There’s no escape: one day, you’re going to look in the mirror and spy your first gray hair. Once you’ve got over the initial shock, you’ll start thinking about what to do about it. And before you know it, there you are back at the mirror, this time holding pincers. You know why? Because we kid ourselves that if we pull that gray hair out before anyone sees it, maybe it wasn’t there in the first place. Bad idea?
Pluck it out
As always, let’s start with the good news. You won’t get more gray hairs if you pull them out. That gray follicle isn’t going to start sprouting two gray hairs instead of just the one: each follicle can only produce one hair. So plucking doesn’t change anything. If you do pluck a hair out, it must be done very carefully so that the root isn’t damaged. If the root is affected, the hair won’t grow again and imagine where that might end.
Why hair goes gray
Gray hair isn’t only a sign of aging. The first silver hairs often appear when we’re in our mid-twenties, sometimes resulting from excessive stress or an unbalanced diet. What gives hair its color are melanocyte cells, which produce the pigment melanin. When the cells stop production, the melanin is replaced with tiny air bubbles, making the hair appear gray or white. So if you pluck out the individual hair, it won’t affect the production of melanin: a gray hair will grow back gray.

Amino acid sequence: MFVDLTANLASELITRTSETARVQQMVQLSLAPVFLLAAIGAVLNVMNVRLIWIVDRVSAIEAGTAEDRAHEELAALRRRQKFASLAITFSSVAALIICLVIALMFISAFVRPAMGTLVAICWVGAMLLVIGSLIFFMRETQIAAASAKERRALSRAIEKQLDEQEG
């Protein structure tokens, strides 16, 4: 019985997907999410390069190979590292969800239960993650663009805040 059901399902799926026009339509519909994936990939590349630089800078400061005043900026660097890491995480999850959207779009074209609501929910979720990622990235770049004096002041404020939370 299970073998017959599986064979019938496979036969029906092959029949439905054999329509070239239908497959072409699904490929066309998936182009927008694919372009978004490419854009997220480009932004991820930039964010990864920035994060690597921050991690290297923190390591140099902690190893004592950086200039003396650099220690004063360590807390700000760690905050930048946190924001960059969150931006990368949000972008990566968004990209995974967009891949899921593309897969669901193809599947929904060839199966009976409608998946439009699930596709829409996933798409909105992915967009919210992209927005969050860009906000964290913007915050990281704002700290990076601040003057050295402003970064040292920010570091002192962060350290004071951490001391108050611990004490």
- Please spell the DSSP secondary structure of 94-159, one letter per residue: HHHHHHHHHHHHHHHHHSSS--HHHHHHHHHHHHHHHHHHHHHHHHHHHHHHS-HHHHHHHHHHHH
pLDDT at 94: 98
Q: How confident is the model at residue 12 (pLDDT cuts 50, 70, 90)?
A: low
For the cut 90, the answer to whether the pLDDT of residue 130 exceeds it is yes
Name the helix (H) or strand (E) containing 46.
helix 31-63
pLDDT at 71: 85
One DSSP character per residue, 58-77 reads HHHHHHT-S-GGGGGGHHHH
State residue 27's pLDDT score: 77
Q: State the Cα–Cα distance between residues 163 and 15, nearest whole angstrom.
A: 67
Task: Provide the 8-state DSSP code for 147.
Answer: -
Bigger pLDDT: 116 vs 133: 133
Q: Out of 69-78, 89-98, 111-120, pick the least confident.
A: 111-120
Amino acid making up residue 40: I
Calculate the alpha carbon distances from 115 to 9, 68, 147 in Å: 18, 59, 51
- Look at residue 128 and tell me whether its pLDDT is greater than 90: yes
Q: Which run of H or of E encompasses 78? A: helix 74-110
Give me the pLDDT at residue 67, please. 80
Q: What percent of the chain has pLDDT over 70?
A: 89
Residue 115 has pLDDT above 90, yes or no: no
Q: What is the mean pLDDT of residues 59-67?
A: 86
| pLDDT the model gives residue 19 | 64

When your hair starts losing its natural color over time, it’s not practical to keep plucking out the gray hairs. If you’re not keen on going gray yet, it’s much better to start using color. A few gray hairs can actually look terrific when they’re mixed in with highlights but once the gray hairs are in the majority, it’s probably best to color the whole lot. Note: you’ll need to refresh the color regularly to avoid gray roots.